Sumo wrestlers compete with just the loincloth (mawashi) and no one bats an eye. Men swimmers compete with just their trunks and no one takes a second look.
But as much as women are being objectified by their attire on any given day, women in sports are also being discriminated against with what they wear.
And it is just not about women wearing less in sport, it is about women wearing anything that triggers the snowflakes.
Over the past ten days, there were two distinct cases touching on what a women “should” wear.
Gymnastics New Zealand made amendments to its dress-code rules, allowing female athletes to wear shorts during competitions so their bodies won’t be exposed. A right step forward but the international body is still considering coming out with similar ruling.
And thousands of miles away, in the American city of Nashville, 14-year-old Najah Aqeel was stopped from playing in a high-school volleyball competition because she was wearing a Hijab.
And she was stopped from the competition because the hijab did not adhere to the rules which states that only “hair devices made of soft material and no more than three inches wide may be worn in the hair or on the head”.
Two contrasting circumstances, but with one underlining factor – the policing of how women should dress in sports.
Badminton at one time wanted to compel the women shuttlers to wear skirts in a so-called effort to make the game more attractive. It was quickly shot down as sexist and was never heard of again.
A couple of years ago, the French Tennis Federation (FFT) president Bernard Giudicelli banned Serena Williams from wearing a catsuit, which was a compression garment specifically designed to help prevent the blood clots that nearly killed her during childbirth, during the French Open.
Giudicelli said in Tennis magazine interview that the uniform “went too far” and “would no longer be accepted,” adding that players “have to respect the game and the place.”
But, that some players wearing short skirts and revealing tops was all okay as it brought in more spectators to the game.
The men going topless by changing their attire in between matches was seen just as another norm. Yet the US Open officials slapped code violation on Alize Cornet of France when she briefly took her shirt off on the court after realizing it was on backwards, revealing her sports bra.
As usual there were many who were furious at the seemingly sexist nature of it when they have no qualms with children wearing revealing leotards to compete in gymnastics or even swimming.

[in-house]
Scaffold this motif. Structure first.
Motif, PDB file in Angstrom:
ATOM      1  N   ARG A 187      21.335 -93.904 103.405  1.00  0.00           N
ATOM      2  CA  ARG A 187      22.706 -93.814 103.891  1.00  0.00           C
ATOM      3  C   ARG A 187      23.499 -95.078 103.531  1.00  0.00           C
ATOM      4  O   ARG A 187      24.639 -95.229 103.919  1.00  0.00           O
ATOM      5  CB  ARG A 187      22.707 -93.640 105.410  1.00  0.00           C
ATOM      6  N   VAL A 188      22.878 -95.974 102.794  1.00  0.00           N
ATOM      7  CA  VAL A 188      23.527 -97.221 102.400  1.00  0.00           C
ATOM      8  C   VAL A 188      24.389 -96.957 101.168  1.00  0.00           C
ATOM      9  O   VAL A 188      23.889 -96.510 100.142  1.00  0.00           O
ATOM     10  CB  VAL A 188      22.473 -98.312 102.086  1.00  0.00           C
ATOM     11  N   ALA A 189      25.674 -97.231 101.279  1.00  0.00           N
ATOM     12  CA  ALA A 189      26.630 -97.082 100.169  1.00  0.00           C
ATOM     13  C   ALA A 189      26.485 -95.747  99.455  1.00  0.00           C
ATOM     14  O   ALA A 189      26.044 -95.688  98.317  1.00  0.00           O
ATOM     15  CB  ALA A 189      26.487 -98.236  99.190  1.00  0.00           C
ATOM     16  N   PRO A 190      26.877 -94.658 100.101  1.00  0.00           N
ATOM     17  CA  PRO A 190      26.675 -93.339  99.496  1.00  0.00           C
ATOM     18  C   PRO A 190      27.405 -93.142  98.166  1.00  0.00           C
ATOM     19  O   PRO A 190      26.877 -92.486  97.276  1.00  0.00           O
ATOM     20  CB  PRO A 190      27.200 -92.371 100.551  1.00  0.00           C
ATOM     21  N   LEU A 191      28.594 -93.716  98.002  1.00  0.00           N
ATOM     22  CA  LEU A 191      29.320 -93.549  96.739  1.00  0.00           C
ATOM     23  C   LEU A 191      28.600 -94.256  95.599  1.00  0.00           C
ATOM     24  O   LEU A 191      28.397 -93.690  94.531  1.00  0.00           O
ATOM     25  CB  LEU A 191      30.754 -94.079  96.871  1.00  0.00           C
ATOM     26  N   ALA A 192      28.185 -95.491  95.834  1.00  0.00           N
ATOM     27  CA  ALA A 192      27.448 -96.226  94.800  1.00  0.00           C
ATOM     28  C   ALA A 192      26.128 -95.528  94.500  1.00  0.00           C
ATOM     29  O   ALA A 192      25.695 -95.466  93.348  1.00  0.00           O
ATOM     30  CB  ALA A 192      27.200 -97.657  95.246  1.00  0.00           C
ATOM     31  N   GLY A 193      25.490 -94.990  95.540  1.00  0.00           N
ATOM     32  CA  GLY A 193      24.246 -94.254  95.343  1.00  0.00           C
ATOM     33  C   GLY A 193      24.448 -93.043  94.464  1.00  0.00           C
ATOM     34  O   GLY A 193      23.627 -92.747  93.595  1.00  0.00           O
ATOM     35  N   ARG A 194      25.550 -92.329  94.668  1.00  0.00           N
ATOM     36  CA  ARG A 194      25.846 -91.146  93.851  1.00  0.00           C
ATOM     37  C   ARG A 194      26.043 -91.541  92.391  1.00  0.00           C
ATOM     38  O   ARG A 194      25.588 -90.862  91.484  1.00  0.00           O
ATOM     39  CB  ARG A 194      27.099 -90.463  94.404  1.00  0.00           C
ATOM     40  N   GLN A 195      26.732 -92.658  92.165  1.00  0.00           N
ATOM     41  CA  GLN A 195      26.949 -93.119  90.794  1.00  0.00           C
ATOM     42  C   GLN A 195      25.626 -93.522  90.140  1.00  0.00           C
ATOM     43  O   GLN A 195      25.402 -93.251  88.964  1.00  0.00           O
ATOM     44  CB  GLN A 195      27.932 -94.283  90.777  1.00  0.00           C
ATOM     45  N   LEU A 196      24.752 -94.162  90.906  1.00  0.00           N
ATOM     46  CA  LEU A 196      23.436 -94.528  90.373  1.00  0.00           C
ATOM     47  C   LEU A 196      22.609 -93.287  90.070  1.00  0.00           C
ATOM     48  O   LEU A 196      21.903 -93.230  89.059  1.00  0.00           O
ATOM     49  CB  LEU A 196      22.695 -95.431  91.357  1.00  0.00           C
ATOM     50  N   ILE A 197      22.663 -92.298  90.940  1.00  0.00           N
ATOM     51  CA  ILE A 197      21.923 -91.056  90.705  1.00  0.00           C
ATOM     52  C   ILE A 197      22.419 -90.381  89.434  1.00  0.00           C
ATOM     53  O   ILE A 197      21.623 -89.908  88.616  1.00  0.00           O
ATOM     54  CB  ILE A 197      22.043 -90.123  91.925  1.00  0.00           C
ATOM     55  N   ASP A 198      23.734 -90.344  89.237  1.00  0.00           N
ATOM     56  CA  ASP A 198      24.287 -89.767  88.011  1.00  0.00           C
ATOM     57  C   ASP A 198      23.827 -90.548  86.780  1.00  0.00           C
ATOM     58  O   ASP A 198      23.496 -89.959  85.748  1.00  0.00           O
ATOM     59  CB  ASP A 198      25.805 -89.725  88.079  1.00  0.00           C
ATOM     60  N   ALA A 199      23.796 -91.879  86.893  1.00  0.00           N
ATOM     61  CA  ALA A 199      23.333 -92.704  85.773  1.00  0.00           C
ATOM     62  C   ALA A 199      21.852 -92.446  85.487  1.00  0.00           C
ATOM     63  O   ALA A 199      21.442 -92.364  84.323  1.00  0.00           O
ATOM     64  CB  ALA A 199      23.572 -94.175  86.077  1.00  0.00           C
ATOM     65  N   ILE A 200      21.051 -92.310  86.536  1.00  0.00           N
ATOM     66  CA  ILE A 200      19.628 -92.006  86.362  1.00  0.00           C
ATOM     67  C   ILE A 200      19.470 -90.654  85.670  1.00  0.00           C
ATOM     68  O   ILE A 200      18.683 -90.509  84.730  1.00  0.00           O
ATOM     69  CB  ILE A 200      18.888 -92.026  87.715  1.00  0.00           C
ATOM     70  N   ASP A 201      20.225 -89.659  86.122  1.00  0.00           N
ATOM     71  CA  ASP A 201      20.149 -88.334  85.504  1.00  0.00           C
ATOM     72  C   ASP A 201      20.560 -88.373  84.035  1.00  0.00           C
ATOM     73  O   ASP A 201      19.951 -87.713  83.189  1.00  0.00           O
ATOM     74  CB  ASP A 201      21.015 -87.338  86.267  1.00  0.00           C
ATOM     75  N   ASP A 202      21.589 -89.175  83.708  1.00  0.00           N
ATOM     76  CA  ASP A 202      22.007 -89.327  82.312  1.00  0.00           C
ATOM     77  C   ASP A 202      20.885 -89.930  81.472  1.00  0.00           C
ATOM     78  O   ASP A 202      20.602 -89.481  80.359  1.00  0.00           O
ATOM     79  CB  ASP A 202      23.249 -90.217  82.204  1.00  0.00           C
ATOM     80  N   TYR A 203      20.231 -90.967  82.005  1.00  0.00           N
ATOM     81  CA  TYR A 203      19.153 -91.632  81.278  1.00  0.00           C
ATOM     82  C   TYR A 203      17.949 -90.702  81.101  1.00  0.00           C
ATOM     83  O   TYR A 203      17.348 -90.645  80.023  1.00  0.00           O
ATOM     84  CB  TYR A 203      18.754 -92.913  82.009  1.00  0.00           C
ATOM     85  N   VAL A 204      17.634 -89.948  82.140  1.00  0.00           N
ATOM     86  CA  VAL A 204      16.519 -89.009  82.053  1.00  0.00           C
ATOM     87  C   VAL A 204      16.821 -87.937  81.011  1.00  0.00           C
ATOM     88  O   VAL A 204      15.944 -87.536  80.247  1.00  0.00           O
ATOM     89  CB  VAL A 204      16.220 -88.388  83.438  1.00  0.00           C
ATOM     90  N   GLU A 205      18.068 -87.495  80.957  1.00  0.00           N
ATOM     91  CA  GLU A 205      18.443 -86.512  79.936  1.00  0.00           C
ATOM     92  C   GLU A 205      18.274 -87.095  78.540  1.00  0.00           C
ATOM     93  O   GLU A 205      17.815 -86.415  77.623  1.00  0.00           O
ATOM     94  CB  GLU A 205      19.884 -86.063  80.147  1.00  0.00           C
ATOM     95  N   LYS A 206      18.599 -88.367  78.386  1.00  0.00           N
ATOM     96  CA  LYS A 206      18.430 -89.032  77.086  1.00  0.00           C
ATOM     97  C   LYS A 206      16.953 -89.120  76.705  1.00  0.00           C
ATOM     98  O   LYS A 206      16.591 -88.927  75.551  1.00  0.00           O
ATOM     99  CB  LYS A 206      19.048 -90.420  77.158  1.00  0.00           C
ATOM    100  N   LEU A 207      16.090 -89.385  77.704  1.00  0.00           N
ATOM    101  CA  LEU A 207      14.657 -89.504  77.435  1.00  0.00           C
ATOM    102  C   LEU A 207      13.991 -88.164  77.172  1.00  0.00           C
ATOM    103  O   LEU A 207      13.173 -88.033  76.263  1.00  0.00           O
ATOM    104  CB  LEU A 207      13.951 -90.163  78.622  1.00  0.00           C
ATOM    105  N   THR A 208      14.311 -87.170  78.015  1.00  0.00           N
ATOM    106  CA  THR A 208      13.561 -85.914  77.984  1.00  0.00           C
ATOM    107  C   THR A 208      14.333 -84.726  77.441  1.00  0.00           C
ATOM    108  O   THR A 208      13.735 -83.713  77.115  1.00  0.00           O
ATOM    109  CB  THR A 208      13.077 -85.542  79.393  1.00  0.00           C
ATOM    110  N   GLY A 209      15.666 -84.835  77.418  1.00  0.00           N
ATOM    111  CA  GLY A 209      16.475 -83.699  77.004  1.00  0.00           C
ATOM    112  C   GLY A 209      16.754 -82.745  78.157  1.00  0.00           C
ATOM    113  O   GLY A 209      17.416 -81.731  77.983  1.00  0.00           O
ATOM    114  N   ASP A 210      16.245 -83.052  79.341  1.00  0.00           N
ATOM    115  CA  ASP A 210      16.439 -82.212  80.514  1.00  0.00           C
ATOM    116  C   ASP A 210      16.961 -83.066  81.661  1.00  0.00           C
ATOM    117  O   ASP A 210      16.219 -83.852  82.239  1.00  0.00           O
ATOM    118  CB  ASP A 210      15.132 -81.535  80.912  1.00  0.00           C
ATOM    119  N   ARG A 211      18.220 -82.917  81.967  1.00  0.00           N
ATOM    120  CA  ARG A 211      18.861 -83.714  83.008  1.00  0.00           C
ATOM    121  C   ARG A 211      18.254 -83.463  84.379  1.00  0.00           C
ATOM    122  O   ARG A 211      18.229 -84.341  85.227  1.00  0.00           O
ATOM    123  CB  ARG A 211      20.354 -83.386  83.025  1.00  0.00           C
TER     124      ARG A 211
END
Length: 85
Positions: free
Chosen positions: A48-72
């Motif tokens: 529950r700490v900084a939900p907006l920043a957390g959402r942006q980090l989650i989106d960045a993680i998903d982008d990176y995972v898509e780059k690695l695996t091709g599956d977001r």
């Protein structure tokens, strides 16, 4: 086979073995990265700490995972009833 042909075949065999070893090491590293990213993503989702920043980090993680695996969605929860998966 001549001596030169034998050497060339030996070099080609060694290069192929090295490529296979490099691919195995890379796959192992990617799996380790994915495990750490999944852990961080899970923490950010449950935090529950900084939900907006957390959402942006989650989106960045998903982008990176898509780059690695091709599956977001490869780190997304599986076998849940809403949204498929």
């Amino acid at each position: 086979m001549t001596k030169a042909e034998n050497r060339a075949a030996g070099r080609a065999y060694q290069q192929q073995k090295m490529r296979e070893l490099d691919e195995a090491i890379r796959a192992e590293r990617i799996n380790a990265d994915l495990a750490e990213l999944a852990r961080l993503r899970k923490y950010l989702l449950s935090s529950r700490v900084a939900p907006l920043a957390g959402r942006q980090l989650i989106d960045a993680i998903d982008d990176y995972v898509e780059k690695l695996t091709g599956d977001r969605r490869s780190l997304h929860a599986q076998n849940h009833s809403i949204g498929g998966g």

What a woman wears during sports has nothing to do with her morals or ethics. Just like rapists and molesters who blame the women for seducing them with their “sexy attire”, the sexualization of women is in the minds of the men.
Like the men, women wear what helps them to participate in the sport of their choice to achieve better results.
Look at the irony in the difference between the attires won by the male and female gymnasts. It goes to show just how the rule makers have been exploiting women.
If wearing a leotard helps them to gain an advantage on the field, so be it. And if they want to adhere to their own religious belief by wearing a Hijab, it should be their choice.
This choice should not be dictated by the men, who predominantly control sporting bodies and many a times also wield the political power to do so.
It is no different in Malaysia where the Terengganu state government, led by Islamic political party Parti Islam Se-Malaysia (PAS), had taken the stance to stop the state gymnasts from competing because it would “display indecent movements” that would expose their bodies.
Instead of engaging the athletes and finding proper solutions, decisions are practically shoved down on women athletes.
Many international sports associations still have discriminatory rules governing attire for the women in their rule books and changes have been pretty slow.
It was only in 2012 that the International Volleyball Federation stopped requiring female players to wear bikinis. Prior to the change, women must compete in bra-style tops and bikini bottoms that must not exceed six centimeters in width at the hip while the men compete in shorts and singlets.
Careers of outstanding female athletes have been destroyed and many more never coming to fruition because of rules on how women dress for sports.
American basketball player Abdul-Qaadir’s life was derailed by the International Basketball Federation’s ban on religious headgear. Abdul-Qaadir broke an 18-year Massachusetts record to become the state’s highest all-time high school scorer before she went on to play for the University of Memphis and Indiana State University. But the ban denied Abdul-Qaadir the chance to go pro.
That the likes of Cristiano Ronaldo groom their hair to perfection before going into the pitch is normal but a women athlete applying make-up before a game is considered overtly narcissistic.
Mya and Denna Cook were stopped from their school sports programme in Massachusets because they refused to stop wearing braided hair extensions while Ronaldo earns millions.
While many dress codes for sports still appear to differentiate between the sexes, many a time it is always women who have to show more skin. While men showing skin is seen as an exhibition of masculinity, women face the brunt either way.
If they show even a little skin they are branded as sex objects and if they show less, they are against the game rules. There is no winning in this battle.
Unless we standardize all outfits to become gender-neutral across every sport, the misogynist male will always find a bone to pick with women putting themselves out into the public eye.